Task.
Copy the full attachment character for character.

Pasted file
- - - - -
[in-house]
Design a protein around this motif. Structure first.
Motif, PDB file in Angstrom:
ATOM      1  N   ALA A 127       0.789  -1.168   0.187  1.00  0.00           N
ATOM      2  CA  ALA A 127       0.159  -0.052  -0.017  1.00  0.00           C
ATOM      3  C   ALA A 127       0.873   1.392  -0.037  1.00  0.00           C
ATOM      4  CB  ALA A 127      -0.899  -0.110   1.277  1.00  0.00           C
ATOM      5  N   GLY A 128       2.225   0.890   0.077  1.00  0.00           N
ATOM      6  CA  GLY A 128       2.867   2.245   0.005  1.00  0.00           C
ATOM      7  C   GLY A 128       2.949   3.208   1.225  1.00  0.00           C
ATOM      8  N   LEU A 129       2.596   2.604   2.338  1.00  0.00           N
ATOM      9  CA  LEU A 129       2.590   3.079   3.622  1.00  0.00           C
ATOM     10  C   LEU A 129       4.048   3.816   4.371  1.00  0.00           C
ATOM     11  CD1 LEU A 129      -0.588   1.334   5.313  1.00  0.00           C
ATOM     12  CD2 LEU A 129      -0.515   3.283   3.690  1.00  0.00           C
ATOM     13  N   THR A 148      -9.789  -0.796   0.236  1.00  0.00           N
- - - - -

[in-house]
Design a protein around this motif. Structure first.
Motif, PDB file in Angstrom:
ATOM      1  N   ALA A 127       0.789  -1.168   0.187  1.00  0.00           N
ATOM      2  CA  ALA A 127       0.159  -0.052  -0.017  1.00  0.00           C
ATOM      3  C   ALA A 127       0.873   1.392  -0.037  1.00  0.00           C
ATOM      4  CB  ALA A 127      -0.899  -0.110   1.277  1.00  0.00           C
ATOM      5  N   GLY A 128       2.225   0.890   0.077  1.00  0.00           N
ATOM      6  CA  GLY A 128       2.867   2.245   0.005  1.00  0.00           C
ATOM      7  C   GLY A 128       2.949   3.208   1.225  1.00  0.00           C
ATOM      8  N   LEU A 129       2.596   2.604   2.338  1.00  0.00           N
ATOM      9  CA  LEU A 129       2.590   3.079   3.622  1.00  0.00           C
ATOM     10  C   LEU A 129       4.048   3.816   4.371  1.00  0.00           C
ATOM     11  CD1 LEU A 129      -0.588   1.334   5.313  1.00  0.00           C
ATOM     12  CD2 LEU A 129      -0.515   3.283   3.690  1.00  0.00           C
ATOM     13  N   THR A 148      -9.789  -0.796   0.236  1.00  0.00           N